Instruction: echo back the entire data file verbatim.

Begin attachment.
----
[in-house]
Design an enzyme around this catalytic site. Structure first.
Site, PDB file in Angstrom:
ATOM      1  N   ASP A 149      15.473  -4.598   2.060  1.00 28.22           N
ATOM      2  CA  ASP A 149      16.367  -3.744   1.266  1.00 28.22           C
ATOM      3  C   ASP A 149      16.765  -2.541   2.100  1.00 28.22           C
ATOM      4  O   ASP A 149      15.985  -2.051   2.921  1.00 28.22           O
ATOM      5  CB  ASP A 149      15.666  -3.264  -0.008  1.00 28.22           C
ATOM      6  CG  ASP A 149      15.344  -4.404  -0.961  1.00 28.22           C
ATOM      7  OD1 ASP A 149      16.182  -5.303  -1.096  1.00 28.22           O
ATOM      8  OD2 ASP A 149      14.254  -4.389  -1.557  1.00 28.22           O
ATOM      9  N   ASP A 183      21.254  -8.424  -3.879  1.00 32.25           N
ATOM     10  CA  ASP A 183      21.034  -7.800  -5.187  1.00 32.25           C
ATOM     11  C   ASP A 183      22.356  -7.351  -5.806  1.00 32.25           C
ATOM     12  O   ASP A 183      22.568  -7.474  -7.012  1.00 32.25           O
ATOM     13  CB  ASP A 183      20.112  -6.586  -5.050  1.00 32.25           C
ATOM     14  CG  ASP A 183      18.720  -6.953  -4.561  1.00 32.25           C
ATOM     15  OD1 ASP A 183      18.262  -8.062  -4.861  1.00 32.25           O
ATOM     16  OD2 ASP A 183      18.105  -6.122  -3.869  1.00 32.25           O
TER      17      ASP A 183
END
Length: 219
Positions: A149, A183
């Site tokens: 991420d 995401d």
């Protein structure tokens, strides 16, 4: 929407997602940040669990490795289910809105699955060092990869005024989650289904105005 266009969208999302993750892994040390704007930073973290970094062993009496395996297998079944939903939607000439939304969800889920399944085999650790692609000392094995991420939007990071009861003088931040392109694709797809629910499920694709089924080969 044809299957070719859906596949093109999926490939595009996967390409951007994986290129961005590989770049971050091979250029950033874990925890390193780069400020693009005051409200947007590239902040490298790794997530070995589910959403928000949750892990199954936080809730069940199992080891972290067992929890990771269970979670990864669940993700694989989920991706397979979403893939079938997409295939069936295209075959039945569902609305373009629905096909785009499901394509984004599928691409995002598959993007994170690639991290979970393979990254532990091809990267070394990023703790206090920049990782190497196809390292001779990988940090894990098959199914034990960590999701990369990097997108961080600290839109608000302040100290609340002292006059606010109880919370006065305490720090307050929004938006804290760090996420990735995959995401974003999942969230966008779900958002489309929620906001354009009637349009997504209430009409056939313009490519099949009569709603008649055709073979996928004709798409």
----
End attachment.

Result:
[in-house]
Design an enzyme around this catalytic site. Structure first.
Site, PDB file in Angstrom:
ATOM      1  N   ASP A 149      15.473  -4.598   2.060  1.00 28.22           N
ATOM      2  CA  ASP A 149      16.367  -3.744   1.266  1.00 28.22           C
ATOM      3  C   ASP A 149      16.765  -2.541   2.100  1.00 28.22           C
ATOM      4  O   ASP A 149      15.985  -2.051   2.921  1.00 28.22           O
ATOM      5  CB  ASP A 149      15.666  -3.264  -0.008  1.00 28.22           C
ATOM      6  CG  ASP A 149      15.344  -4.404  -0.961  1.00 28.22           C
ATOM      7  OD1 ASP A 149      16.182  -5.303  -1.096  1.00 28.22           O
ATOM      8  OD2 ASP A 149      14.254  -4.389  -1.557  1.00 28.22           O
ATOM      9  N   ASP A 183      21.254  -8.424  -3.879  1.00 32.25           N
ATOM     10  CA  ASP A 183      21.034  -7.800  -5.187  1.00 32.25           C
ATOM     11  C   ASP A 183      22.356  -7.351  -5.806  1.00 32.25           C
ATOM     12  O   ASP A 183      22.568  -7.474  -7.012  1.00 32.25           O
ATOM     13  CB  ASP A 183      20.112  -6.586  -5.050  1.00 32.25           C
ATOM     14  CG  ASP A 183      18.720  -6.953  -4.561  1.00 32.25           C
ATOM     15  OD1 ASP A 183      18.262  -8.062  -4.861  1.00 32.25           O
ATOM     16  OD2 ASP A 183      18.105  -6.122  -3.869  1.00 32.25           O
TER      17      ASP A 183
END
Length: 219
Positions: A149, A183
């Site tokens: 991420d 995401d």
């Protein structure tokens, strides 16, 4: 929407997602940040669990490795289910809105699955060092990869005024989650289904105005 266009969208999302993750892994040390704007930073973290970094062993009496395996297998079944939903939607000439939304969800889920399944085999650790692609000392094995991420939007990071009861003088931040392109694709797809629910499920694709089924080969 044809299957070719859906596949093109999926490939595009996967390409951007994986290129961005590989770049971050091979250029950033874990925890390193780069400020693009005051409200947007590239902040490298790794997530070995589910959403928000949750892990199954936080809730069940199992080891972290067992929890990771269970979670990864669940993700694989989920991706397979979403893939079938997409295939069936295209075959039945569902609305373009629905096909785009499901394509984004599928691409995002598959993007994170690639991290979970393979990254532990091809990267070394990023703790206090920049990782190497196809390292001779990988940090894990098959199914034990960590999701990369990097997108961080600290839109608000302040100290609340002292006059606010109880919370006065305490720090307050929004938006804290760090996420990735995959995401974003999942969230966008779900958002489309929620906001354009009637349009997504209430009409056939313009490519099949009569709603008649055709073979996928004709798409």